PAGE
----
Beyond the tangible needs - like housing, and infrastructure - there’s a mental health component to disaster recovery. Traumatic experiences carry an emotional and psychological cost, and many victims continue to struggle long after their homes have been rebuilt.
But as WWNO’s Della Hasselle reports, local charities are available - providing counseling and assistance to help people rebuild their lives, and emerge from trauma stronger.
For James Farris, late December is usually spent getting ready for his annual Christmas Eve dinner.
“Oh, setting up for Christmas, we usually have a big family gathering here frying turkeys, and grandkids. I have six grandkids.”
But not this year. His home is among thousands still ruined from when water rose to rooftops during the August flood in south Louisiana. So Farris is busy hosting company of a different kind.
These days, it’s all contractors and crisis counselors. Among them is Ike DeLee of the counseling program The Louisiana Spirit.
"We’re standing what looks to be the living room. You can’t hardly tell because there’s nothing in here. There’s no sheetrock on the walls. It’s down to the bare studs," DeLee observed on a recent visit.
Farris doesn’t complain much. He says he feels lucky to be alive. That’s why he wrote the words “Praise God” on the front window of his gutted house. But recently, he had to come to terms with something. He needed someone to talk to. To tell stories like these, about the flood.
“I’ve never been through nothing like that before," Farris says. "My neighbors was blowing their horns and beating on the doors and I was trying to get up and get the doors open, and I had wood floors, and it was floating up, so I’m stomping down wood floors, trying to get a door open.”
Nicole Coarsey has heard a lot of these stories. She works as the director of The Louisiana Spirit, a FEMA program run through the state health department. Since August, her team has counseled more than 50,000 people who have been affected by the flood, and the number keeps growing. Coarsey says it’s because the holidays can be especially hard for disaster victims.
"Now here comes Christmas. And now they’re probably thinking, well I didn’t make Thanksgiving, I’m gonna be back in my house and have my grandkids over. And here it is, and in this home they won’t be able to have that traditional Christmas dinner. And it can be stressful and overwhelming and depressing not having that family unity like they used to. They may have to have it in an aunts house, or a restaurant or something like that, And they feel they’re losing that tradition.”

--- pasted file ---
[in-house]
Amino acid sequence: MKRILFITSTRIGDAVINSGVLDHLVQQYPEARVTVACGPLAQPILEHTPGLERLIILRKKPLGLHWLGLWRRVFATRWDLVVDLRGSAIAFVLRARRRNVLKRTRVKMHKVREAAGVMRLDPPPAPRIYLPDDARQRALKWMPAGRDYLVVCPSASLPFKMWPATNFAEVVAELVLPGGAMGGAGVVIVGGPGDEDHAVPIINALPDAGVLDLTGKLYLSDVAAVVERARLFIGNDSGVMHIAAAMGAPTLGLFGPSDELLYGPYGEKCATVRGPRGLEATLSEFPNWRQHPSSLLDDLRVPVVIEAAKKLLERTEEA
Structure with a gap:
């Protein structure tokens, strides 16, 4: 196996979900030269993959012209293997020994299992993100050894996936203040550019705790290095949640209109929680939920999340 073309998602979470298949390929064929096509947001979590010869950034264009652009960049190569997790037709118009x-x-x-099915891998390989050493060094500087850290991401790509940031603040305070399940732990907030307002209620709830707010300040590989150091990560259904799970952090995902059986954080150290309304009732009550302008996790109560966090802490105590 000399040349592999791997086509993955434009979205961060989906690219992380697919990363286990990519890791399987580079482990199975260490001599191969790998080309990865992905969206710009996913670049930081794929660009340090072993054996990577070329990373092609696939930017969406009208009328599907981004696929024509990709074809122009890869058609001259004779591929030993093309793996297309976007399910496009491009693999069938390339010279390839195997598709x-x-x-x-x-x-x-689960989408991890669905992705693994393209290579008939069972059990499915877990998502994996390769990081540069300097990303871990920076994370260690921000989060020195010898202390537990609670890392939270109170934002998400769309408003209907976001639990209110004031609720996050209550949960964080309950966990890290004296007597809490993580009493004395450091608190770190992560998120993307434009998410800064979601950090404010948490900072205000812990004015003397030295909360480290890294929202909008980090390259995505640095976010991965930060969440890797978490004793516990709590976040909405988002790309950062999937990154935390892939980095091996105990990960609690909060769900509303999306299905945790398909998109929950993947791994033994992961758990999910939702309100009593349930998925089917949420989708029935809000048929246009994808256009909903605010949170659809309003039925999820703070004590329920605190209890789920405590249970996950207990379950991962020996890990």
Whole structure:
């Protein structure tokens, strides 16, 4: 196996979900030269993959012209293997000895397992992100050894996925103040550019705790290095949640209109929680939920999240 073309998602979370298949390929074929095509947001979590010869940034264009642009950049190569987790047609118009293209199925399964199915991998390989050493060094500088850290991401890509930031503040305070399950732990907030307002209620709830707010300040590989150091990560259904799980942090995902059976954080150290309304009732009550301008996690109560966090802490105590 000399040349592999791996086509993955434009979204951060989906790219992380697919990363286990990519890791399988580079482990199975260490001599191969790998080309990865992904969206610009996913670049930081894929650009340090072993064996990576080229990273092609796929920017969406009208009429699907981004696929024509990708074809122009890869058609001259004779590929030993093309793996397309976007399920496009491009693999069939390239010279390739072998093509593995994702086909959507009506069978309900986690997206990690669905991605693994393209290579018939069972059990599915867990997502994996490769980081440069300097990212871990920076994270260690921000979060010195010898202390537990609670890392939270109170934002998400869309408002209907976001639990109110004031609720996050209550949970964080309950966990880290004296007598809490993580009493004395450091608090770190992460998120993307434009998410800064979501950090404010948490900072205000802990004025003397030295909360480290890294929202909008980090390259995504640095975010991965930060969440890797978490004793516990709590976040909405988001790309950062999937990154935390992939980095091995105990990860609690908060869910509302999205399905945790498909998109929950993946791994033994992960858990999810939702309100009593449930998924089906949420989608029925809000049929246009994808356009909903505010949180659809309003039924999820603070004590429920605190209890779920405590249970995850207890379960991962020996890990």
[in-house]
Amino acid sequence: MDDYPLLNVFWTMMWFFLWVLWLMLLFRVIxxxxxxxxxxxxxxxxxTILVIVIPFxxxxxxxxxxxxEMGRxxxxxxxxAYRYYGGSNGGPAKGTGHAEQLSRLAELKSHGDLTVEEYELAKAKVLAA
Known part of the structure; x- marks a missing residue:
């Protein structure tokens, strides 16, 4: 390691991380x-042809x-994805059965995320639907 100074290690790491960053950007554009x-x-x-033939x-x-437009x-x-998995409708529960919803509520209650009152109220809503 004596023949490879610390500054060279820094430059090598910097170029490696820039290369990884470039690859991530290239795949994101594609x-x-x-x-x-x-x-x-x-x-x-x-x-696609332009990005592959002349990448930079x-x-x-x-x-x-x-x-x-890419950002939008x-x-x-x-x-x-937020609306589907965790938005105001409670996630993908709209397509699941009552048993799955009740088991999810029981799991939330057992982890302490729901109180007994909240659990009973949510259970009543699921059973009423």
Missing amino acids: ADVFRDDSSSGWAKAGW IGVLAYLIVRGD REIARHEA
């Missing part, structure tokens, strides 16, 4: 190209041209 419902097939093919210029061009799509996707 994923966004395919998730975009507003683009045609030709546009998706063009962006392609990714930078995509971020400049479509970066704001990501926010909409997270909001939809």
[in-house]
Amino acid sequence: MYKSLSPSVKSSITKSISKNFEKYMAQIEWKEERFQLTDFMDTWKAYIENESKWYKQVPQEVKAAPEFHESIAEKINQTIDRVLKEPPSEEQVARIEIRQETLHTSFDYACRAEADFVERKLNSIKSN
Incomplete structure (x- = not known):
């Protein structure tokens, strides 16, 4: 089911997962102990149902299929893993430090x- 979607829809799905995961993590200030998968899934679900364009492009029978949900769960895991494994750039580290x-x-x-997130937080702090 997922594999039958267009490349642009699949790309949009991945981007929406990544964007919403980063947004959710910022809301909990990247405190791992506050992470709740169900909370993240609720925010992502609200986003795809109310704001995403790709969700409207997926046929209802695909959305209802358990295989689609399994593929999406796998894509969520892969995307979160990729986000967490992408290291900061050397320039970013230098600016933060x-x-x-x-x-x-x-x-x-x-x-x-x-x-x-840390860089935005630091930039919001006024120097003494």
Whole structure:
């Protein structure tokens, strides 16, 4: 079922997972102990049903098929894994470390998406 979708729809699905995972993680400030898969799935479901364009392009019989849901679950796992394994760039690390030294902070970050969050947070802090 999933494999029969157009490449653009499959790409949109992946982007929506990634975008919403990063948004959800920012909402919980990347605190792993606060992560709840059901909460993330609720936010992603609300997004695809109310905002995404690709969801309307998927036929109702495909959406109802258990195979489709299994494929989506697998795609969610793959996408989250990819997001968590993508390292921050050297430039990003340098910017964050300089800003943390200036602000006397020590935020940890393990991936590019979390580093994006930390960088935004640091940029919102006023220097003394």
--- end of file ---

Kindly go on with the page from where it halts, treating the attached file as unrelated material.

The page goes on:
Paula Davis agrees. She’s the clinical director of Catholic Charities, which also offers counseling after disasters. On average, Davis says about one-third of all survivors will suffer some type of post-disaster disorder.
“So things that you might see following something like the floods are sleep disorders. You might see depression, you may see anxiety, you may see social isolation," Davis said.
Mental health issues can also impede the recovery process by making it more difficult to keep up with filing deadlines for insurance or for FEMA paperwork. Catholic Charities says, too, that people who are depressed are less likely to do the physical work needed to rebuild their homes and communities.
Edith Furlough of Louisiana Spirit says the most important thing that she can do is bring hope to those affected. She knows firsthand what flood victims are going through, because her house was damaged after Hurricane Isaac.
“Of course we bring them hope. And we also give them pamphlets and stuff to read. And stuff to read. To encourage them that -- it wasn’t just you. It was others. But to let them know that…we care.”
Her message is getting through. Although this holiday season has been hard for him, James Farris says he would feel lost without counselors helping him out.
“Miss Edith, she helped me out just talking to her, you know. She understood where I was coming from, you know.”
If you or someone you know is struggling with post-traumatic stress after the flood, help is available. To learn more about mental health support available in your community, visit The Louisiana Department of Health, or Catholic Charities of Baton Rouge.
This report has been brought to you by the Louisiana Public Radio Partnership, and made possible with support from the Corporation for Public Broadcasting.